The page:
Hip fracture risk assessment: artificial neural network outperforms conditional logistic regression in an age- and sex-matched case control study
1 Department of Orthopaedic Surgery, National Taiwan University Hospital Hsin-Chu Branch, No.25, Ln. 442, Sec. 1, Jingguo Rd., East Dist., 300, Hsinchu, Taiwan
2 Department of Orthopaedic Surgery, National Taiwan University Hospital, No.7, Zhongshan S. Rd., Zhongzheng Dist., Taipei, Taiwan
3 Department of Mechanical Engineering, Yuan Ze University, No.135, Yuandong Rd., Zhongli, Taiwan
4 School of Engineering and Design, Brunel University, Kingston LaneUxbridge Middlesex UB8 3PH, West London, United Kingdom
BMC Musculoskeletal Disorders 2013, 14:207 doi:10.1186/1471-2474-14-207Published: 15 July 2013
Osteoporotic hip fractures with a significant morbidity and excess mortality among the elderly have imposed huge health and economic burdens on societies worldwide. In this age- and sex-matched case control study, we examined the risk factors of hip fractures and assessed the fracture risk by conditional logistic regression (CLR) and ensemble artificial neural network (ANN). The performances of these two classifiers were compared.
The study population consisted of 217 pairs (149 women and 68 men) of fractures and controls with an age older than 60 years. All the participants were interviewed with the same standardized questionnaire including questions on 66 risk factors in 12 categories. Univariate CLR analysis was initially conducted to examine the unadjusted odds ratio of all potential risk factors. The significant risk factors were then tested by multivariate analyses. For fracture risk assessment, the participants were randomly divided into modeling and testing datasets for 10-fold cross validation analyses. The predicting models built by CLR and ANN in modeling datasets were applied to testing datasets for generalization study. The performances, including discrimination and calibration, were compared with non-parametric Wilcoxon tests.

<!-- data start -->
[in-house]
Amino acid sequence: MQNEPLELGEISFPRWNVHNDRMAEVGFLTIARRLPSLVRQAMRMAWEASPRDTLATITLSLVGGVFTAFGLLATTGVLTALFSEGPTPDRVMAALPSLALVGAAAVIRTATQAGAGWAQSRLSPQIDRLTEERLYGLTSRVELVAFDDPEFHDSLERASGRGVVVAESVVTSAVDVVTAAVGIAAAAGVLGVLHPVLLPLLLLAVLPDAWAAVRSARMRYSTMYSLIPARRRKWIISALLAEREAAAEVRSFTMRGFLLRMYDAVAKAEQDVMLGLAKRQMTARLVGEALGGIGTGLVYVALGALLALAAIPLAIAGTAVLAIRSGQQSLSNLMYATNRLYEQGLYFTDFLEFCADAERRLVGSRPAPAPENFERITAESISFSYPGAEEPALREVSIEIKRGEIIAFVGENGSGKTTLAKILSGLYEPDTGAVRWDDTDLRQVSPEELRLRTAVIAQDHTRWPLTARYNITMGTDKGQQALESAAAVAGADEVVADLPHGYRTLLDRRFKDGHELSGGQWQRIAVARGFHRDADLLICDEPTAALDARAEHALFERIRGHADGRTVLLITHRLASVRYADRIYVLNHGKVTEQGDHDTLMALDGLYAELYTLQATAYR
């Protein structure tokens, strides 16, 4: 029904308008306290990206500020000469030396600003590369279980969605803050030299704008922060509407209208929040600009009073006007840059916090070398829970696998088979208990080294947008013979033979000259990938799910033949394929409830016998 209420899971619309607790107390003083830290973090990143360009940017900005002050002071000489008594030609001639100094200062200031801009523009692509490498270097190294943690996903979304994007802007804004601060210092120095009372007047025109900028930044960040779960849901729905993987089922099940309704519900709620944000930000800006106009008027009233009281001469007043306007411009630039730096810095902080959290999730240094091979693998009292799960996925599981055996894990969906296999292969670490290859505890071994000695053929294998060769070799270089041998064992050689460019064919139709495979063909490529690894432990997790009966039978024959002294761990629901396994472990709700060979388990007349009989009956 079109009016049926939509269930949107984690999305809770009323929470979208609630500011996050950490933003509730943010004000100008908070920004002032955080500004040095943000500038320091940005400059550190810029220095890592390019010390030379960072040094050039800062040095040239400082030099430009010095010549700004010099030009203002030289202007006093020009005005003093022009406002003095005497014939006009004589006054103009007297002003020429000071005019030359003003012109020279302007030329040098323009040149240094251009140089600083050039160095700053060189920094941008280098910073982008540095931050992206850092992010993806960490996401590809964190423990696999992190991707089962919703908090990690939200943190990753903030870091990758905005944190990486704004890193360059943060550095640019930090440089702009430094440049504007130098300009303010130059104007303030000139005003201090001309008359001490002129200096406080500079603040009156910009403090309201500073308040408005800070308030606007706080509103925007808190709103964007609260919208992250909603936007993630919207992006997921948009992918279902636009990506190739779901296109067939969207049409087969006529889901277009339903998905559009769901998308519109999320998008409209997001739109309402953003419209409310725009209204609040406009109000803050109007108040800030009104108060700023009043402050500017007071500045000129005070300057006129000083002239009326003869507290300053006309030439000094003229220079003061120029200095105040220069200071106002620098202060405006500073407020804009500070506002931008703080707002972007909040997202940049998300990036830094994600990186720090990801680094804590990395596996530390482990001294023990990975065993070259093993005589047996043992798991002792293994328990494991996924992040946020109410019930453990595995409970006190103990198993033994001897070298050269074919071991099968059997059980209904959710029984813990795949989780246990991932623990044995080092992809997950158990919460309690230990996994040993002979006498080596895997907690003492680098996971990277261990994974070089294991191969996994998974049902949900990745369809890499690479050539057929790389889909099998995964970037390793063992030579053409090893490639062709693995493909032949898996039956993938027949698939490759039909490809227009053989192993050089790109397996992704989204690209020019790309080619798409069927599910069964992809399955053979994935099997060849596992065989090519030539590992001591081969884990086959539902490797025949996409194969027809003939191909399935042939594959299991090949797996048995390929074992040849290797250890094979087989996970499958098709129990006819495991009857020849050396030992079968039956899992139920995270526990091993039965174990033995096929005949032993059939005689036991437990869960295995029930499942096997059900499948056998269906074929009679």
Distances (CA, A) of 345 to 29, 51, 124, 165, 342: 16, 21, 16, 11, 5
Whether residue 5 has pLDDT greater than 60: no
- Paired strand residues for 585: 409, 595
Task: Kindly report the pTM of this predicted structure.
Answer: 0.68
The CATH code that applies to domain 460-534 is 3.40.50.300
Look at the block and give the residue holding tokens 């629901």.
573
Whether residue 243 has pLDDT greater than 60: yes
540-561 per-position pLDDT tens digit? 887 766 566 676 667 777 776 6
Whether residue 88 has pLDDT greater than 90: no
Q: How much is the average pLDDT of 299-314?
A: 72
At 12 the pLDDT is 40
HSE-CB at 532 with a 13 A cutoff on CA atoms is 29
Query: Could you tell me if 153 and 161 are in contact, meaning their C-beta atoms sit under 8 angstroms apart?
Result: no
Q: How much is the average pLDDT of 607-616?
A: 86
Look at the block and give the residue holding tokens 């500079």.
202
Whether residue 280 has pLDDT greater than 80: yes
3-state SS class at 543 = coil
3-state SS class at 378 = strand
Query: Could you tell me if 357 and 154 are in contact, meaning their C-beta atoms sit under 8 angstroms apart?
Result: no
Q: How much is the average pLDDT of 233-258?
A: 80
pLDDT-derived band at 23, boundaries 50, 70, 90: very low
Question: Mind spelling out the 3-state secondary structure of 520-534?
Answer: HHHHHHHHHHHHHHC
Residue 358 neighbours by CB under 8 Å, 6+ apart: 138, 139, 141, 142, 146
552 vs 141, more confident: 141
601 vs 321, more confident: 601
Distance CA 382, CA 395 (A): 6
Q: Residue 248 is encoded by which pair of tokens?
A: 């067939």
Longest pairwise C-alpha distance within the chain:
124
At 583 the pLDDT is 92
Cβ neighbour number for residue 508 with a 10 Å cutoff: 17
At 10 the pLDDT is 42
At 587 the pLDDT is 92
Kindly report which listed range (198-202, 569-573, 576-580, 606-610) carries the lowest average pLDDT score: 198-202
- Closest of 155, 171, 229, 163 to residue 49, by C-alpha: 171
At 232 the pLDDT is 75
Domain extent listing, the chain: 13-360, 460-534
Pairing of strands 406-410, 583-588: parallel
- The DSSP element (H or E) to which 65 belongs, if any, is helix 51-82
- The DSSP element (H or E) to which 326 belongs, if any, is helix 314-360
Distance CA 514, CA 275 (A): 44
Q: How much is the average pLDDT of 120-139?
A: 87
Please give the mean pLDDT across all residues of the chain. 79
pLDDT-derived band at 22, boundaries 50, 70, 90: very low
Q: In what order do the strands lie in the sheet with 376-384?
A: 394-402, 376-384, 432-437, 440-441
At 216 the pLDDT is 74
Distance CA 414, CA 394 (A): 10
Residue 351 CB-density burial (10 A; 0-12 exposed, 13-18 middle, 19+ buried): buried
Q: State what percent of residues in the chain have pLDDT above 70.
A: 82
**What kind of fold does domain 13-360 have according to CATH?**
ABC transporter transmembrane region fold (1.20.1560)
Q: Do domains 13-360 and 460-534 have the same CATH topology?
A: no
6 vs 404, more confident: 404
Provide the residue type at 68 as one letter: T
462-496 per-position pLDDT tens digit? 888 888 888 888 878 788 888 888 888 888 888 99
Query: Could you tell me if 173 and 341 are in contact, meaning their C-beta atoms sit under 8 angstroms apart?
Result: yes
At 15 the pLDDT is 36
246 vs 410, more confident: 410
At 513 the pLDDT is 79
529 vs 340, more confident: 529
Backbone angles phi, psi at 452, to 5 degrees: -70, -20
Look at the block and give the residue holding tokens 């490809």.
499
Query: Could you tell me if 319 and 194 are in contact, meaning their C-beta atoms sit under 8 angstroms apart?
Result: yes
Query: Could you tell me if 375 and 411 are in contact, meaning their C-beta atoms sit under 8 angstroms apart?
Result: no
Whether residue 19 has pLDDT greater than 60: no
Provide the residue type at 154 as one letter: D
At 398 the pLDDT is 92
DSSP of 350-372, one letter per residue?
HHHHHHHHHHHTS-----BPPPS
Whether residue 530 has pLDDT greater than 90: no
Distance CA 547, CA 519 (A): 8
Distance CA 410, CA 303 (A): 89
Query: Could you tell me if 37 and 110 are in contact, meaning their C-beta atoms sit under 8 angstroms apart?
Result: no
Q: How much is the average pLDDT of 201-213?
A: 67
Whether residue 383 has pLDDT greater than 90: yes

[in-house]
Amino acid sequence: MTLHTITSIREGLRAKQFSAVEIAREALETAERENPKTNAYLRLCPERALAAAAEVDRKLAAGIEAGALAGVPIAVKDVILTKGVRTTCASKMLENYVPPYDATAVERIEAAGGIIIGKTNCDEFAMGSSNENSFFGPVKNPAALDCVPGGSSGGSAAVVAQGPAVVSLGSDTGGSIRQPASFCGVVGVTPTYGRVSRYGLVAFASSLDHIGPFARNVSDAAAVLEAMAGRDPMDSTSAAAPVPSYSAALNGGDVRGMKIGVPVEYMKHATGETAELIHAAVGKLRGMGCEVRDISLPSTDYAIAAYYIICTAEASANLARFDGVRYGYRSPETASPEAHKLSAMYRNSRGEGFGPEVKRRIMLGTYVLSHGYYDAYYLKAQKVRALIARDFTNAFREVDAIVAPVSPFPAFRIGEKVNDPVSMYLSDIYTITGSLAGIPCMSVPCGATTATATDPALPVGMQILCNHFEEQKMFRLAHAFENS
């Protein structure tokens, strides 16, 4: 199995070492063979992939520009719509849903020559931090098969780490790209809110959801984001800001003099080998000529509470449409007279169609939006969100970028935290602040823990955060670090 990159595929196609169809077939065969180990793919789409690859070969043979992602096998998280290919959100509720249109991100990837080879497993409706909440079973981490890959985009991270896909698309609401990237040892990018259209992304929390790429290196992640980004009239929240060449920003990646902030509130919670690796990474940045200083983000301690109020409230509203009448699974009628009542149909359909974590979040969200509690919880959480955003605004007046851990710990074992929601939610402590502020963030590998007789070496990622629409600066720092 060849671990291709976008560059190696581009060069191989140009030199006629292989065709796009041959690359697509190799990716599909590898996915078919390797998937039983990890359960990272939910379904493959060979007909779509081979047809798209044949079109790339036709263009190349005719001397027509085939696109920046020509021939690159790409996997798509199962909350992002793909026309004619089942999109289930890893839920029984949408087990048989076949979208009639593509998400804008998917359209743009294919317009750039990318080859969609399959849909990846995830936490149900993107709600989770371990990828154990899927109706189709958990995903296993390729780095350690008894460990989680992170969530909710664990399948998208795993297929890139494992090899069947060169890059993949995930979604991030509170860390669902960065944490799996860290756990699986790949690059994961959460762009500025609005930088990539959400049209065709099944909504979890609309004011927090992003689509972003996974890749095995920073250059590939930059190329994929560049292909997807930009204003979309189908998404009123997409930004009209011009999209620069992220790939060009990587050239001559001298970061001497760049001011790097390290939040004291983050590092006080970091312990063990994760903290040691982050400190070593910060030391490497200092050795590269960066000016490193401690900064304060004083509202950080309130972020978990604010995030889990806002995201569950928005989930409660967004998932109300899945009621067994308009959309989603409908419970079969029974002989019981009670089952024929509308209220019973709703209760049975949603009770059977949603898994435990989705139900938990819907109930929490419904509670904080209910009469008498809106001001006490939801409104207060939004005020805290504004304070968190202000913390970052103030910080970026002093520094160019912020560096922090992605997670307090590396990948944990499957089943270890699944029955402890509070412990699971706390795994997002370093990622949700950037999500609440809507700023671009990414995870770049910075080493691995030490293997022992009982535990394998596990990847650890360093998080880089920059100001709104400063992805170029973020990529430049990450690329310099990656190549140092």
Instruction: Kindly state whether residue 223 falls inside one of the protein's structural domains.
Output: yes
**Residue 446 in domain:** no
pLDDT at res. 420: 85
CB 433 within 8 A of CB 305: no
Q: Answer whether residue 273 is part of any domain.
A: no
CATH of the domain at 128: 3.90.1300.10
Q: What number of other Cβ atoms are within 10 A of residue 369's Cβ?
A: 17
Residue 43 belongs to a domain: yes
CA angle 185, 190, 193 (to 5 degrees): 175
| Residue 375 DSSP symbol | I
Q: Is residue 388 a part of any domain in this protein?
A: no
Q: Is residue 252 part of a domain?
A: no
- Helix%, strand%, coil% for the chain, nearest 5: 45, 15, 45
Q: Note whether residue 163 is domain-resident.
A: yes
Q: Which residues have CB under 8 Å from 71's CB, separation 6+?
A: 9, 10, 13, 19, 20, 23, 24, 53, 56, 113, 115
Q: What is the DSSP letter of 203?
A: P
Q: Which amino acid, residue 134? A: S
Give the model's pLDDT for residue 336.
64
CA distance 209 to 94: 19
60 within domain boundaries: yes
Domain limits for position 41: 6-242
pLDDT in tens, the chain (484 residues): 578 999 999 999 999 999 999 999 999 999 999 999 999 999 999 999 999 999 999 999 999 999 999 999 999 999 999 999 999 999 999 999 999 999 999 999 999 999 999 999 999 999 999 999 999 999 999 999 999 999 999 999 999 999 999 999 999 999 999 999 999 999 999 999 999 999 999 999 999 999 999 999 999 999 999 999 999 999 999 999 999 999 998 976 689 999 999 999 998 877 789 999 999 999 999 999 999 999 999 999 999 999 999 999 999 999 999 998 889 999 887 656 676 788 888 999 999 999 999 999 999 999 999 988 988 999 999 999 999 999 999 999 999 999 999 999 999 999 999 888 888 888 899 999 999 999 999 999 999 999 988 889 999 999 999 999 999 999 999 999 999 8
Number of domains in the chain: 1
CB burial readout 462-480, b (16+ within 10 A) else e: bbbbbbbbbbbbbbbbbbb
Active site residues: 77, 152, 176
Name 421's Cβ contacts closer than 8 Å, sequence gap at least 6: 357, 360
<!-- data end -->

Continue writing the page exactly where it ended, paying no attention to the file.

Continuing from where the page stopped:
In univariate CLR analyses, 16 variables achieved significant level, and six of them remained significant in multivariate analyses, including low T score, low BMI, low MMSE score, milk intake, walking difficulty, and significant fall at home. For discrimination, ANN outperformed CLR in both 16- and 6-variable analyses in modeling and testing datasets (p?<?0.005). For calibration, ANN outperformed CLR only in 16-variable analyses in modeling and testing datasets (p?=?0.013 and 0.047, respectively).
The risk factors of hip fracture are more personal than environmental. With adequate model construction, ANN may outperform CLR in both discrimination and calibration. ANN seems to have not been developed to its full potential and efforts should be made to improve its performance.